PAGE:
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What is Mole Mapping?

When Are We Open?

Our clinic is open on Tuesday afternoons and Thursday all day.

Mole mapping uses high-resolution photographs to take an inventory of all lesions on your body. Lesions are any type of change to skin that used to be normal and healthy. Lesions can be both cancerous (malignant) and non-cancerous (benign).

Mole mapping pictures provide a way to track changes on your skin if you have a large number of unusual moles or if you have a history of skin cancer.

Because it shows a history of changes to your skin over time, mole mapping can also help dermatologists diagnose melanoma and skin cancer earlier.

What Are the Benefits of Mole Mapping?

After a mole mapping session, patients can take home a copy of their photos on a flash drive. Patients can then look at these pictures when they perform self-skin exams and compare how their skin looks now to how it looked the last time they had mole mapping.

Dermatologists can also use mole mapping images to improve a patient's yearly skin check, which makes your skin check more thorough.

Mole mapping can be especially useful for patients who have a high chance of developing skin cancer. These patients can look at and compare images of how their skin used to look, helping them more effectively spot changes on their skin.

Mole mapping also helps dermatologists more accurately follow changes in a patient's skin.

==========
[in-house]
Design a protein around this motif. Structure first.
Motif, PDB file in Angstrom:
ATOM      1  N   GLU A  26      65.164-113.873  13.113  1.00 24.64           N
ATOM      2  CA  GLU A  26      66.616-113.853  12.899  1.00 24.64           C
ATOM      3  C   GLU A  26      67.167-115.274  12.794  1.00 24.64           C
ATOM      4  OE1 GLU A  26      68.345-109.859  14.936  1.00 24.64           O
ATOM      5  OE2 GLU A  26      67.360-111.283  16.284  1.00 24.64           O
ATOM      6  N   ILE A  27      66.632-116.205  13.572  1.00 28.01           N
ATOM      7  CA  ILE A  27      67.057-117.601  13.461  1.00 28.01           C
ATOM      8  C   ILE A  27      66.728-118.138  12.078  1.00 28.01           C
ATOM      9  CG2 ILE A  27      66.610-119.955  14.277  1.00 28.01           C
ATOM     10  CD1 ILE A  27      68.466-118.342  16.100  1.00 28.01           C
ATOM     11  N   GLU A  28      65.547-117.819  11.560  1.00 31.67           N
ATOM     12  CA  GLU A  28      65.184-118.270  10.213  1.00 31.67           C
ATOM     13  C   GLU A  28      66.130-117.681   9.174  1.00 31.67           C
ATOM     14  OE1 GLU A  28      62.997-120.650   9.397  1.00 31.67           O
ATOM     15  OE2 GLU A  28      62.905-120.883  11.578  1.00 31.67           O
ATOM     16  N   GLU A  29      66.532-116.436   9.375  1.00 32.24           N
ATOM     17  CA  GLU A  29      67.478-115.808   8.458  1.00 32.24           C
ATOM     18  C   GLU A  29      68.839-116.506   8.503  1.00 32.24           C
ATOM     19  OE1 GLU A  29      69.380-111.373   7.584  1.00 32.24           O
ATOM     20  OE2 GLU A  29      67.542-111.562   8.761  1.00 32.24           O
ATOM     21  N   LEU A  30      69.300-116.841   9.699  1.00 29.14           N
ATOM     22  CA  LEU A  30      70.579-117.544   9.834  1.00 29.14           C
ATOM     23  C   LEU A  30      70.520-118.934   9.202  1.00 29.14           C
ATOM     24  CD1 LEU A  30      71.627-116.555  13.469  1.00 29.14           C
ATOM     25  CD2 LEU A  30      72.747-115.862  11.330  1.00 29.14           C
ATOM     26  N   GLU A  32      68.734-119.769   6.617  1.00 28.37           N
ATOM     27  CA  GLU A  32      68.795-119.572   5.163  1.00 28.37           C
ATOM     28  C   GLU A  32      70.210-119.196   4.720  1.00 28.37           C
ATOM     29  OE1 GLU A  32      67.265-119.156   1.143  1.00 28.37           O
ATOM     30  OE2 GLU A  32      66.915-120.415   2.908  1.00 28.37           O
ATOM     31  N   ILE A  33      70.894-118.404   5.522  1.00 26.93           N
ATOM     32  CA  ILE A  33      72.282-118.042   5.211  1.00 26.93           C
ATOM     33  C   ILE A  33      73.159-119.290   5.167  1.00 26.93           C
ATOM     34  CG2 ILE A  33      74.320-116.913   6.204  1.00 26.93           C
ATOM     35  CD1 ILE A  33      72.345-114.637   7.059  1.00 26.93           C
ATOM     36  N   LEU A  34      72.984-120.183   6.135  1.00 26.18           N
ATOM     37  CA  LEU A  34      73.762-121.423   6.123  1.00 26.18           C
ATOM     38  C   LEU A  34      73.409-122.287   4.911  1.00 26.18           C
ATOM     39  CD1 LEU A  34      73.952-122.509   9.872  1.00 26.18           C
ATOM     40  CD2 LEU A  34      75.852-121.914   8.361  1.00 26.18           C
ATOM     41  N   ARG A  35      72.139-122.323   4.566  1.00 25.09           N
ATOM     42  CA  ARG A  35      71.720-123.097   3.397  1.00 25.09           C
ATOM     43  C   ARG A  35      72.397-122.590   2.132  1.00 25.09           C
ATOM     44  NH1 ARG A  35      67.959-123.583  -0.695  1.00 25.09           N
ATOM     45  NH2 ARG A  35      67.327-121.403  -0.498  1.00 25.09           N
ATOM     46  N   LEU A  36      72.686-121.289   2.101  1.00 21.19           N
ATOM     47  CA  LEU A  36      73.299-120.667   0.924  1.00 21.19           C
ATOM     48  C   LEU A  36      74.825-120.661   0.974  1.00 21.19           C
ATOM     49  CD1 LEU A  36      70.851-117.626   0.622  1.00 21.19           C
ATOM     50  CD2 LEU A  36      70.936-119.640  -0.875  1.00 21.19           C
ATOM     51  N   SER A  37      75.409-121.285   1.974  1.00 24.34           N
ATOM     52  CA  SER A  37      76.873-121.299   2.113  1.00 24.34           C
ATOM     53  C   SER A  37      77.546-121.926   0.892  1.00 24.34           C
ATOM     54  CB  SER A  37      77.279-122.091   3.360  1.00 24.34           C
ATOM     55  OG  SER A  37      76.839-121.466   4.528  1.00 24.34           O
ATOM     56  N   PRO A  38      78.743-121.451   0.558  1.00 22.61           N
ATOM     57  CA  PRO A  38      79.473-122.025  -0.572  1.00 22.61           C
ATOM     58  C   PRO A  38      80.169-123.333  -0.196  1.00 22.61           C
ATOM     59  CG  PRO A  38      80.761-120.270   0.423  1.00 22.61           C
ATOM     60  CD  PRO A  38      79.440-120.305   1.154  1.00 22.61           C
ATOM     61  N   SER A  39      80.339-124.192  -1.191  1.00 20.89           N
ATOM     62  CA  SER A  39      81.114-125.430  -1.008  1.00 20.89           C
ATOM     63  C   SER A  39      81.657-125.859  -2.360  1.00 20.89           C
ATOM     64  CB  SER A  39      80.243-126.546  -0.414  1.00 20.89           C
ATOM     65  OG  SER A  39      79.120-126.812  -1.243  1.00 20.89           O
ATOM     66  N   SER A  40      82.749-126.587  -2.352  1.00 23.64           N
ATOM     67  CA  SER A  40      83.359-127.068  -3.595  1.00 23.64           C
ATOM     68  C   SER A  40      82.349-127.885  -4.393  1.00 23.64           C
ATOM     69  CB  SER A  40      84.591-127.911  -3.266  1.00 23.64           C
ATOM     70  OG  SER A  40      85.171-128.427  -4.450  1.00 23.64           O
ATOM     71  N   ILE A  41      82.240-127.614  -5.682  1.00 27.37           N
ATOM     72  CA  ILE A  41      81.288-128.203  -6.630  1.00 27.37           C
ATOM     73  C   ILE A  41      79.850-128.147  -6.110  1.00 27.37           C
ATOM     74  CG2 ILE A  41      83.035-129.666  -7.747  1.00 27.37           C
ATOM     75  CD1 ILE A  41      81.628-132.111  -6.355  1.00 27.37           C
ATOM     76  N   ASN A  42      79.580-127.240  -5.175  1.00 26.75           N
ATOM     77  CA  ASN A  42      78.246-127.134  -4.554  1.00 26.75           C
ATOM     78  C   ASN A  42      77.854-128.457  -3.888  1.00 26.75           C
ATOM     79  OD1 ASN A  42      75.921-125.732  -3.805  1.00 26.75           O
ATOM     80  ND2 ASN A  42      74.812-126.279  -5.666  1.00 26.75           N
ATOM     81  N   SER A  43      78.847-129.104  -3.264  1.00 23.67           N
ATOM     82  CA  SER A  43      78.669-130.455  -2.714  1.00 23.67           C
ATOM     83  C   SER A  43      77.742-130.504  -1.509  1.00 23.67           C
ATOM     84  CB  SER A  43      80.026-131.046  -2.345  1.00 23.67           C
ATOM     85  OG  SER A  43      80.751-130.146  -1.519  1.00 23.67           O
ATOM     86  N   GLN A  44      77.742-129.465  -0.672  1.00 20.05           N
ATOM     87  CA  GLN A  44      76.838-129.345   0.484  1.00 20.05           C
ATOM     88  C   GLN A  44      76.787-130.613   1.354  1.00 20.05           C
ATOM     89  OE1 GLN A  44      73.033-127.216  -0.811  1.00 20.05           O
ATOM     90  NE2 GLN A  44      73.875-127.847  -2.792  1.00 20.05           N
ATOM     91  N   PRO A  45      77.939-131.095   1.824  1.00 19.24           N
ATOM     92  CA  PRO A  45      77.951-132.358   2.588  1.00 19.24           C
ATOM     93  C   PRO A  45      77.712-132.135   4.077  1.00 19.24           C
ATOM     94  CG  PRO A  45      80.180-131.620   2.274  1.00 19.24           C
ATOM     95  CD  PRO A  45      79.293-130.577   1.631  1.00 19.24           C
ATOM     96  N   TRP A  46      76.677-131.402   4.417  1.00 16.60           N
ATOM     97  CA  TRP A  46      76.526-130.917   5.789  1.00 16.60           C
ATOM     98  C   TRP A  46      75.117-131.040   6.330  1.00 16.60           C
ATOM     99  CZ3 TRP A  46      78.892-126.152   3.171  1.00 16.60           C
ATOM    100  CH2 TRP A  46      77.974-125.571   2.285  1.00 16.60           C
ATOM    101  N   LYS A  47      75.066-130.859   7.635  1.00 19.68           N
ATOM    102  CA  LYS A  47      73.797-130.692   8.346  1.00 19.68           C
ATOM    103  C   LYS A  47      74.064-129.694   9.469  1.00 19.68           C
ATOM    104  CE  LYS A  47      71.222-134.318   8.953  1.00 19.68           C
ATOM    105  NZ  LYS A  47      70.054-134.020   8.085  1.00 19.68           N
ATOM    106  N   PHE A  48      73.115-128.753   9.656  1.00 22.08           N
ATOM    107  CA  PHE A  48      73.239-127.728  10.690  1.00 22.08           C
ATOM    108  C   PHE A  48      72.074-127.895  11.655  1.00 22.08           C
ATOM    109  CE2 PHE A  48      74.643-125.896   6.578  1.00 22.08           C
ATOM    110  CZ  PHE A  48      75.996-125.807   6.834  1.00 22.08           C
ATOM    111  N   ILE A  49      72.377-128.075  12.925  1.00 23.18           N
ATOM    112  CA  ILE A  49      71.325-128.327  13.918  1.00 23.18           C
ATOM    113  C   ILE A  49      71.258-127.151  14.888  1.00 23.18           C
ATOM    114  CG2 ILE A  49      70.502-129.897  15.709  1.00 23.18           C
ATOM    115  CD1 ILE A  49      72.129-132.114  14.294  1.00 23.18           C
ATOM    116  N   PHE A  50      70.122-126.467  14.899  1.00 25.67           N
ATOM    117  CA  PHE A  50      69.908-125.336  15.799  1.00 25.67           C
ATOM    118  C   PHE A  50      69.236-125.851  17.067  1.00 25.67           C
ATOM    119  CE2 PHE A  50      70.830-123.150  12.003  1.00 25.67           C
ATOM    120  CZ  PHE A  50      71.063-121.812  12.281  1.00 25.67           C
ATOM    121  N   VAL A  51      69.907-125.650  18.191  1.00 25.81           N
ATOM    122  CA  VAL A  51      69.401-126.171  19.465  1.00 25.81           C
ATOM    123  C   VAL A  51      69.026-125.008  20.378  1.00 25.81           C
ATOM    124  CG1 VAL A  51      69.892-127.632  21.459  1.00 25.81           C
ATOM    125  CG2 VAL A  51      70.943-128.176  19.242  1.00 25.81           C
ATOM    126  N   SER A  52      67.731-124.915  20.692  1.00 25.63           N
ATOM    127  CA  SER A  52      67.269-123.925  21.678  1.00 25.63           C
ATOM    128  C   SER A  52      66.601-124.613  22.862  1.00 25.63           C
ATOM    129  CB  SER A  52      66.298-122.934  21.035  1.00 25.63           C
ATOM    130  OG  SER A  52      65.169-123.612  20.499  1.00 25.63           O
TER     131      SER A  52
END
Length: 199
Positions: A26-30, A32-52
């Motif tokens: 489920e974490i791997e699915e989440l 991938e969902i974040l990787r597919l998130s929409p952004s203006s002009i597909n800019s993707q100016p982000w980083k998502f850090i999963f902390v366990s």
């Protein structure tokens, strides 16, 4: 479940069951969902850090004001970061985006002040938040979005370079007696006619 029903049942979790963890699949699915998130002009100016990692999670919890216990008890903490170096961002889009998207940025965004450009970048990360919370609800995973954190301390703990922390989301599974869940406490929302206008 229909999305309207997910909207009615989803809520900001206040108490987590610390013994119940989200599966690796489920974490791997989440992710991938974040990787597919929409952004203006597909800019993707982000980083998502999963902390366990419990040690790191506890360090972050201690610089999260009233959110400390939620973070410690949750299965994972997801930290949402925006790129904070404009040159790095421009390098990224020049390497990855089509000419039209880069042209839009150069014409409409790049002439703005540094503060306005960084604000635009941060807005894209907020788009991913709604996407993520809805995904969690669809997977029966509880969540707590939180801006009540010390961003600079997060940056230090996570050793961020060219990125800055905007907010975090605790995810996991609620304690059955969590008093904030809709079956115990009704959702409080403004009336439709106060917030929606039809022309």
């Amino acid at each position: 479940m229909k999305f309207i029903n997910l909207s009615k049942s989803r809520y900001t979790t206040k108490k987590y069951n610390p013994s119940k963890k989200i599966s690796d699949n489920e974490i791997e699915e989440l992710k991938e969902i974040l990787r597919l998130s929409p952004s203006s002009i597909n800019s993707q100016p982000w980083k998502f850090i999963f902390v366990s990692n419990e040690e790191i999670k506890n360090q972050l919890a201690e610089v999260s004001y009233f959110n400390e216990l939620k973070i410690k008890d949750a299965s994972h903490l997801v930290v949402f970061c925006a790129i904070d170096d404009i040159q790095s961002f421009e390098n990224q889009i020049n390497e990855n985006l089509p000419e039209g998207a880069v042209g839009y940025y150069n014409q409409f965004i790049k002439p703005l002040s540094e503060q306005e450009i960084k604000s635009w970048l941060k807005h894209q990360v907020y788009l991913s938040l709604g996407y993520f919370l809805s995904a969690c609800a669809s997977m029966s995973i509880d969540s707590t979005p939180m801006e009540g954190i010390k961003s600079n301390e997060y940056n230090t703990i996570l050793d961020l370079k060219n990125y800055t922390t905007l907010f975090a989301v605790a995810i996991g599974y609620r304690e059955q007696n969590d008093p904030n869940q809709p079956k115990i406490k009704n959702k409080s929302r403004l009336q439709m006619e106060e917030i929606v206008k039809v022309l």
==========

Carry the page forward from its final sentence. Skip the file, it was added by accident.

Many people believe that melanoma usually forms inside a mole that you've had for a while. In reality, almost 70 percent of melanomas are new. Only 30 percent of melanomas arise from moles you've had for a while that suddenly change.

Mole mapping documents a full spectrum of moles. These include moles you've had for a while but then suddenly change. They also include new moles that you or your doctor may not notice unless you have skin photos to compare.

What Is the Prognosis for Melanoma?

When discovered in its early stages, patients with melanoma have a 97 percent chance of surviving. But as melanoma grows and spreads, some patients may only have a 17 percent chance of surviving. This is why it’s important to catch melanoma early.

Catching skin cancer early saves lives. But it also decreases costs for the patient and reduces the number of biopsies she will need. Fewer biopsies also leads to less pain and scarring.

Mole mapping photography only needs to be performed once. Both you and your dermatologist can use the same photos for years for both self-skin exams and official dermatological skin checks.

What is the Mole Mapping Process?

  1. Schedule an appointment for a consultation for Mole Mapping at Midvalley Health Center.
  2. At your consultation visit, your dermatologist will perform a total body skin check in addition to an evaluation for mole mapping. If your dermatologist recommends mole mapping, you may need to come back for a separate visit. Sometimes, this can happen on the same day, or you may need to schedule your mole mapping appointment separately.
  3. During your appointment, we will take photos with a high-resolution camera on a track that offers lots of detail.
  4. Three months later at a follow up visit, your dermatologist will perform another skin check to look for any changing moles or new moles. You will then receive copies of your photos on an encrypted, password protected flash drive during this follow-up appointment. You can then use these photos during your monthly self-skin exams at home.
  5. Perform a monthly skin exam using your photos. Be sure to keep an eye out for new or changing spots, marks, freckles, and moles.
  6. If you see anything that’s new or different, contact your dermatologist for an appointment.
  7. Schedule a yearly check up with your dermatologist to examine your photos and skin for any changes.

Making an Appointment

Call 801-581-2955 or submit an online appointment request.

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